How do you know if you’re eating for emotional reasons?
Have you labeled yourself as an Emotional Eater?
It is common to hear people describe themselves as an “emotional eater”. It is no wonder since we have been taught that food can “soothe a mood”. The term “comfort food”. is proof. How many times have you watched a movie where the main actress is shown shoveling scoops of Ben & Jerry’s straight out of the pint can help dull the ache of a breakup. These “comfort foods” preys upon our inability to say “no thanks” when we seek a reward or feel stressed. I found this out after I gave up alcohol nearly 700 days ago. Food began to replace alcohol until I became aware of it.
When we use food to appease our moods, it sets us up for a vicious cycle of possible weight gain, followed by shame & guilt, followed by more emotional eating and can lead to depression.
If you struggle with this, I can assure you that you can and you will stop this cycle if you learn a few simple tools.
First, let’s find out if you are an emotional eater?
Do you eat between meals even when you’re not physically hungry?
• If you eat between meals, are you eating on auto-pilot — i.e., mindlessly and without complete awareness and attention to what you’re actually doing?
• When something upsetting happens, do you reach for the nearest bag of cookies to make yourself feel better?
• Do you fantasize about foods that are your special “treats” such as chocolate cake or kettle chips?
• When you eat these treats, do you hide out and eat them by yourself because you’re embarrassed to eat them in front of others?
The key to change is finding the ROOT of the problem.
• Three of the Emotional States That Lead to Emotional Eating •
Some people eat to celebrate (hello, birthday cake), to quell boredom (think mindless snacking while binge-watching a Netflix Series), to reward themselves (“I went to the gym for an hour Monday-Friday, so I deserve to eat a fully-loaded cheeseburger and cheese fries!”), but when it comes to patterns of emotional eating, I see them stem most from sadness, anxiety, or anger.
– Healthy alternatives to sad emotional eating:
1. Express yourself: Your melancholy mood was probably caused by an upsetting incident. Get it off your chest by talking about it with someone you trust. If nobody is available to talk, try writing down your feelings.
2. Move: Battle the blues by moving your body and getting your heart pumping. Even doing 30 minutes of moderate exercise can boost the “feel-good” chemicals in your brain.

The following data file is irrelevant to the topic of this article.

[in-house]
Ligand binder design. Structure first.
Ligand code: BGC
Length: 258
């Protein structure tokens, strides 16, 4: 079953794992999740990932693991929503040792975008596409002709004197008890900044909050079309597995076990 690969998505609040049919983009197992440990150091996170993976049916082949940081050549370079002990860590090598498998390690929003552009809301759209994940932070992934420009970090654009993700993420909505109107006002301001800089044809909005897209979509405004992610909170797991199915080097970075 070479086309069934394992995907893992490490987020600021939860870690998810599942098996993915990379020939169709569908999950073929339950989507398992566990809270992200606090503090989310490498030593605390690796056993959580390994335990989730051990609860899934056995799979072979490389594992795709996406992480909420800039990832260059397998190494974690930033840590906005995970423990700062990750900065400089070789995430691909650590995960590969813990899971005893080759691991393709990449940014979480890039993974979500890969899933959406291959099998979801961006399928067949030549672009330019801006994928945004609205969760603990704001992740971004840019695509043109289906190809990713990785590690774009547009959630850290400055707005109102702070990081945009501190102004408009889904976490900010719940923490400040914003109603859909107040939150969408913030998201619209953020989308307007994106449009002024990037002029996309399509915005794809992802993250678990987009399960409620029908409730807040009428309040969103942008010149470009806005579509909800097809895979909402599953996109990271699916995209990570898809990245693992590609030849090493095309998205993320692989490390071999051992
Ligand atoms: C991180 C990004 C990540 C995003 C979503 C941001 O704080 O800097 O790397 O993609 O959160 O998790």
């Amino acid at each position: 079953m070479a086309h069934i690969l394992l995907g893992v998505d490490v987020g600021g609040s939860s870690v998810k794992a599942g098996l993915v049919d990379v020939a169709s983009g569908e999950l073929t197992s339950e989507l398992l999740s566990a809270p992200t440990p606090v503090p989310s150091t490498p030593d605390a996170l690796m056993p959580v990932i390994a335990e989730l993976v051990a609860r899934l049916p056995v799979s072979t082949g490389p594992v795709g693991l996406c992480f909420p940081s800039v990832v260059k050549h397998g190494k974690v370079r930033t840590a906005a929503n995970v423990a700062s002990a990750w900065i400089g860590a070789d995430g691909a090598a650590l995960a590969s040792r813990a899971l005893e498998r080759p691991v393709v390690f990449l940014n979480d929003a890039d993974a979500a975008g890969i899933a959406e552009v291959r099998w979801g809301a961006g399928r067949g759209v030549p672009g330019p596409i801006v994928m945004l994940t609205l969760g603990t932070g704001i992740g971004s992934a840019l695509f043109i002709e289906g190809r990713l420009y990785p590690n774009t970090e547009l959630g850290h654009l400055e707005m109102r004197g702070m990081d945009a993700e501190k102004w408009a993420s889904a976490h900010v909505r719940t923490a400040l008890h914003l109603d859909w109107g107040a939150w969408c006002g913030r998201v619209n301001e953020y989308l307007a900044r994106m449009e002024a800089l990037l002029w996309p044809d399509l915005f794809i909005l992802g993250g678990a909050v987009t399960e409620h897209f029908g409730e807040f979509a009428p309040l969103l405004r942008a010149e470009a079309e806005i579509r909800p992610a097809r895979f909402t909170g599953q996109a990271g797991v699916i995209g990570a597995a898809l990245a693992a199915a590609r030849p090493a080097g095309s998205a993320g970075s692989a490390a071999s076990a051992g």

3. Give yourself permission to let it out: Light some candles, take a hot bath, listen to sad music, cry until you run out of tears. Allowing yourself to feel sad will help you process. Or, put on headphones, turn up the music, and dance, or punch pillows… pick a constructive way to emote that’s not eating.
– Healthy alternatives to anxiety/stress emotional eating:
1. Stick to a regular, healthy sleep routine. If you’re not sleeping well because you’re stressed, the lack of sleep can result in poor food choices. Research shows that people who got insufficient sleep for several consecutive nights increased food intake to keep them going. When they returned to getting adequate rest, they stopped eating as much — particularly carbs and fats.
2. Do something relaxing and calming. We all have different ways of relaxing. The next time you feel stressed and anxious and instinctively turn to food, resist the urge to run to the cupboard or fridge, and instead practice a relaxing activity. Consider trying meditation, yoga, or even just pause for a moment to take some deep breaths.
– Healthy alternatives to angry emotional eating
One way to get out of the angry eating trap is to delay eating — even 10 minutes will do — and to sit down, take a deep breath, and tune into what you’re really feeling. Ask yourself the following questions and patiently work your way through the answers.
What happened today that may have made me angry?
Why did that event stir up angry feelings?
What do I need to do in order to let go of this anger and feel peaceful?
For help when it comes to controlling your eating habits and in building a healthy relationship and understanding of food, please reach out to me at firstname.lastname@example.org. Let’s connect via Facebook or Instagram.